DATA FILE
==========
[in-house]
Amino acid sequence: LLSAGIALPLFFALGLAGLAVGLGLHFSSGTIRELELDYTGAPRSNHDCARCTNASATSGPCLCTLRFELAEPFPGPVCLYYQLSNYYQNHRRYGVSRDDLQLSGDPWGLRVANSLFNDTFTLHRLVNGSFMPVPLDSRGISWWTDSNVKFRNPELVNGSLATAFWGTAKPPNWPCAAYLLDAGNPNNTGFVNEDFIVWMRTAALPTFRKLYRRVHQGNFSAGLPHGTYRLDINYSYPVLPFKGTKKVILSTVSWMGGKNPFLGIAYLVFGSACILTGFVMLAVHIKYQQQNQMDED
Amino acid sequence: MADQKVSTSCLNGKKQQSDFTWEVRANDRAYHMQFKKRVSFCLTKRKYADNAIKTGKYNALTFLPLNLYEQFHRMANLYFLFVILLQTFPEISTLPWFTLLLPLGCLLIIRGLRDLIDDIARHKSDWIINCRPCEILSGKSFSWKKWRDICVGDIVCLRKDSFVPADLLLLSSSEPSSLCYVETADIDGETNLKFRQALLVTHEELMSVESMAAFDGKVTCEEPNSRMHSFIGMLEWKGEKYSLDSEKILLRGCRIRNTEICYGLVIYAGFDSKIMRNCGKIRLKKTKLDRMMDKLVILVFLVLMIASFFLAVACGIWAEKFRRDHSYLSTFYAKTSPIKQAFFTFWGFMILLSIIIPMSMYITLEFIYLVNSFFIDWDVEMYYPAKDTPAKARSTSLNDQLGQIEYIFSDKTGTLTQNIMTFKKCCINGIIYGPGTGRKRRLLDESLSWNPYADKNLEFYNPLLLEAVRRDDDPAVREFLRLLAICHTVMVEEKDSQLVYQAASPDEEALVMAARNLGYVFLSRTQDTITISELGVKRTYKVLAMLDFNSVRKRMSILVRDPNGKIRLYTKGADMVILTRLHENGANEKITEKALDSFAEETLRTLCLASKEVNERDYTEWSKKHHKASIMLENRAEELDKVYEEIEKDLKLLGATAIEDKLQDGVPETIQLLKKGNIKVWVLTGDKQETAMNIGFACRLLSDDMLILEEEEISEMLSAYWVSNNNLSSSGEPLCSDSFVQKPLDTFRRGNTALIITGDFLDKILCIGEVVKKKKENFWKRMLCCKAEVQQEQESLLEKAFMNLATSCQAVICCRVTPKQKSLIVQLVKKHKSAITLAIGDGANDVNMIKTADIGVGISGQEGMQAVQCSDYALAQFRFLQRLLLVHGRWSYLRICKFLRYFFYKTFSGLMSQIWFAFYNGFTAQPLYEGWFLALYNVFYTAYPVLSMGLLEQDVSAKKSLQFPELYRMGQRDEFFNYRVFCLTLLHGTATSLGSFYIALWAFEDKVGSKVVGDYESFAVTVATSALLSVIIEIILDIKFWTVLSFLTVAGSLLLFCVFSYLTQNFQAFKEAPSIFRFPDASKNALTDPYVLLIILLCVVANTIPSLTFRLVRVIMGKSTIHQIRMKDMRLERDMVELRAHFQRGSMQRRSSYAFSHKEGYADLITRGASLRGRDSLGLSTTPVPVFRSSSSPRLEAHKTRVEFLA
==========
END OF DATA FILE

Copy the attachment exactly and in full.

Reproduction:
[in-house]
Amino acid sequence: LLSAGIALPLFFALGLAGLAVGLGLHFSSGTIRELELDYTGAPRSNHDCARCTNASATSGPCLCTLRFELAEPFPGPVCLYYQLSNYYQNHRRYGVSRDDLQLSGDPWGLRVANSLFNDTFTLHRLVNGSFMPVPLDSRGISWWTDSNVKFRNPELVNGSLATAFWGTAKPPNWPCAAYLLDAGNPNNTGFVNEDFIVWMRTAALPTFRKLYRRVHQGNFSAGLPHGTYRLDINYSYPVLPFKGTKKVILSTVSWMGGKNPFLGIAYLVFGSACILTGFVMLAVHIKYQQQNQMDED
Amino acid sequence: MADQKVSTSCLNGKKQQSDFTWEVRANDRAYHMQFKKRVSFCLTKRKYADNAIKTGKYNALTFLPLNLYEQFHRMANLYFLFVILLQTFPEISTLPWFTLLLPLGCLLIIRGLRDLIDDIARHKSDWIINCRPCEILSGKSFSWKKWRDICVGDIVCLRKDSFVPADLLLLSSSEPSSLCYVETADIDGETNLKFRQALLVTHEELMSVESMAAFDGKVTCEEPNSRMHSFIGMLEWKGEKYSLDSEKILLRGCRIRNTEICYGLVIYAGFDSKIMRNCGKIRLKKTKLDRMMDKLVILVFLVLMIASFFLAVACGIWAEKFRRDHSYLSTFYAKTSPIKQAFFTFWGFMILLSIIIPMSMYITLEFIYLVNSFFIDWDVEMYYPAKDTPAKARSTSLNDQLGQIEYIFSDKTGTLTQNIMTFKKCCINGIIYGPGTGRKRRLLDESLSWNPYADKNLEFYNPLLLEAVRRDDDPAVREFLRLLAICHTVMVEEKDSQLVYQAASPDEEALVMAARNLGYVFLSRTQDTITISELGVKRTYKVLAMLDFNSVRKRMSILVRDPNGKIRLYTKGADMVILTRLHENGANEKITEKALDSFAEETLRTLCLASKEVNERDYTEWSKKHHKASIMLENRAEELDKVYEEIEKDLKLLGATAIEDKLQDGVPETIQLLKKGNIKVWVLTGDKQETAMNIGFACRLLSDDMLILEEEEISEMLSAYWVSNNNLSSSGEPLCSDSFVQKPLDTFRRGNTALIITGDFLDKILCIGEVVKKKKENFWKRMLCCKAEVQQEQESLLEKAFMNLATSCQAVICCRVTPKQKSLIVQLVKKHKSAITLAIGDGANDVNMIKTADIGVGISGQEGMQAVQCSDYALAQFRFLQRLLLVHGRWSYLRICKFLRYFFYKTFSGLMSQIWFAFYNGFTAQPLYEGWFLALYNVFYTAYPVLSMGLLEQDVSAKKSLQFPELYRMGQRDEFFNYRVFCLTLLHGTATSLGSFYIALWAFEDKVGSKVVGDYESFAVTVATSALLSVIIEIILDIKFWTVLSFLTVAGSLLLFCVFSYLTQNFQAFKEAPSIFRFPDASKNALTDPYVLLIILLCVVANTIPSLTFRLVRVIMGKSTIHQIRMKDMRLERDMVELRAHFQRGSMQRRSSYAFSHKEGYADLITRGASLRGRDSLGLSTTPVPVFRSSSSPRLEAHKTRVEFLA